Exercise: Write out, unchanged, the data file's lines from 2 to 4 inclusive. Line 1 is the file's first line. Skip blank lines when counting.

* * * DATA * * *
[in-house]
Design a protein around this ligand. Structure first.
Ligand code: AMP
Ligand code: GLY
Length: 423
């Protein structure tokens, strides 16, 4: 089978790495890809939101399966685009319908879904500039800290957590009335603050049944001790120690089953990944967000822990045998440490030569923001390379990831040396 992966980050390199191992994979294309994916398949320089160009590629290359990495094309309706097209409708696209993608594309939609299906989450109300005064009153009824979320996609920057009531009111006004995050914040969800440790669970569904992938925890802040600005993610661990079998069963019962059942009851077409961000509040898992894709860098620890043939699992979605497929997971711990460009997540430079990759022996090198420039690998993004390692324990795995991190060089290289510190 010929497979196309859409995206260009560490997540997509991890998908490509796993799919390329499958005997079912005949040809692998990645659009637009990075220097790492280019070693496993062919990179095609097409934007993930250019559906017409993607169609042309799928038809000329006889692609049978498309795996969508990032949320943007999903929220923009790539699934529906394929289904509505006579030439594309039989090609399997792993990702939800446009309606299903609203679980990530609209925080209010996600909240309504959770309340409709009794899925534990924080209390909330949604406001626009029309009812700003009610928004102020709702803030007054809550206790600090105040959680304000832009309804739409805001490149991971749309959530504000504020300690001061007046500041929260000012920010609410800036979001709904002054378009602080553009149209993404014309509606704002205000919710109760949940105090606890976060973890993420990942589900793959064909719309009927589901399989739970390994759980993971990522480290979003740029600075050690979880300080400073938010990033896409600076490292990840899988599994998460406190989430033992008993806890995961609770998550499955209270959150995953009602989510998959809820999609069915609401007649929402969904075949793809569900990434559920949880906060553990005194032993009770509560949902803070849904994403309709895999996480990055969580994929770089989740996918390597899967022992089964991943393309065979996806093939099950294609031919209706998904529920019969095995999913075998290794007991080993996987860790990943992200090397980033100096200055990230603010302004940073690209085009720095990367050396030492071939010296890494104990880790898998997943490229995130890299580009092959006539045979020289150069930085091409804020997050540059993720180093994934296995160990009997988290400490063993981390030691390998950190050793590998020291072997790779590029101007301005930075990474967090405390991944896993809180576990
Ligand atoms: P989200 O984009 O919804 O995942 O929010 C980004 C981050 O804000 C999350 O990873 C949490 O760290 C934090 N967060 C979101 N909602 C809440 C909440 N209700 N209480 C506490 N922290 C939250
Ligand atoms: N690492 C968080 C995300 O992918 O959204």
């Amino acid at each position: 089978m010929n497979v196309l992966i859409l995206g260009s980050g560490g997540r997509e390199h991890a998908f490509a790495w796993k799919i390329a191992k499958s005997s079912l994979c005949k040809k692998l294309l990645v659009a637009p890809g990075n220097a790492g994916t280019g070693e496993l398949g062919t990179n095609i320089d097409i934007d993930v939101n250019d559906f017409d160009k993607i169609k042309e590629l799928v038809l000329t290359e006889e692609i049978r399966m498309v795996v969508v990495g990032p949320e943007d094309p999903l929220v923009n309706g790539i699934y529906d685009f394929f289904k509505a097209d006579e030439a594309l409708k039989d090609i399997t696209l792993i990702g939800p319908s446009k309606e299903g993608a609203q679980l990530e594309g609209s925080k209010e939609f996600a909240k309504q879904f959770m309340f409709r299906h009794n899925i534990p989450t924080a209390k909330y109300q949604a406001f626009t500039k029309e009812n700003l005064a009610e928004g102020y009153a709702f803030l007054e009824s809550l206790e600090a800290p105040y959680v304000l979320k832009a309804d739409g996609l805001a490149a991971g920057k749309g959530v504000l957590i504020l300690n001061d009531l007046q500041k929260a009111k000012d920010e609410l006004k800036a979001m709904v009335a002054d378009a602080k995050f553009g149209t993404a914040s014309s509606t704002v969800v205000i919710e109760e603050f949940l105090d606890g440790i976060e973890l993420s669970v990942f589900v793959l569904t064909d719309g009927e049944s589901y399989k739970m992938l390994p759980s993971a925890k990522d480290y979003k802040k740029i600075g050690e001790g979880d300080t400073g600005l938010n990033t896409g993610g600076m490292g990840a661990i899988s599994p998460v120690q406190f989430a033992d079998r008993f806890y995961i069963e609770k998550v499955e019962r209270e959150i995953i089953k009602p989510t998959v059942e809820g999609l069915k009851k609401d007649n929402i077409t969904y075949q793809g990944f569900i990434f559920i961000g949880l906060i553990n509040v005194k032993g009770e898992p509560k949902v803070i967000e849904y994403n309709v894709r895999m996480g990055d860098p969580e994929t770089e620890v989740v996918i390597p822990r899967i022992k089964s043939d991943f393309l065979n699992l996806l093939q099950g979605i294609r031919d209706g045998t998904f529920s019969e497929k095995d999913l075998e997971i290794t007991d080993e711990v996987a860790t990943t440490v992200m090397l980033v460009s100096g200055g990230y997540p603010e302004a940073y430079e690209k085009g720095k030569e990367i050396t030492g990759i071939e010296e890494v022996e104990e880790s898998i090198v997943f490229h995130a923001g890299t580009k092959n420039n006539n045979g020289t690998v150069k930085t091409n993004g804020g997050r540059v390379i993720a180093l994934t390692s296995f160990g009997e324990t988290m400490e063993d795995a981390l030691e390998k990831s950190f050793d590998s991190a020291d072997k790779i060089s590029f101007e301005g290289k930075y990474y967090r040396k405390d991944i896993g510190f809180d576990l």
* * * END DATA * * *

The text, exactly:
Design a protein around this ligand. Structure first.
Ligand code: AMP
Ligand code: GLY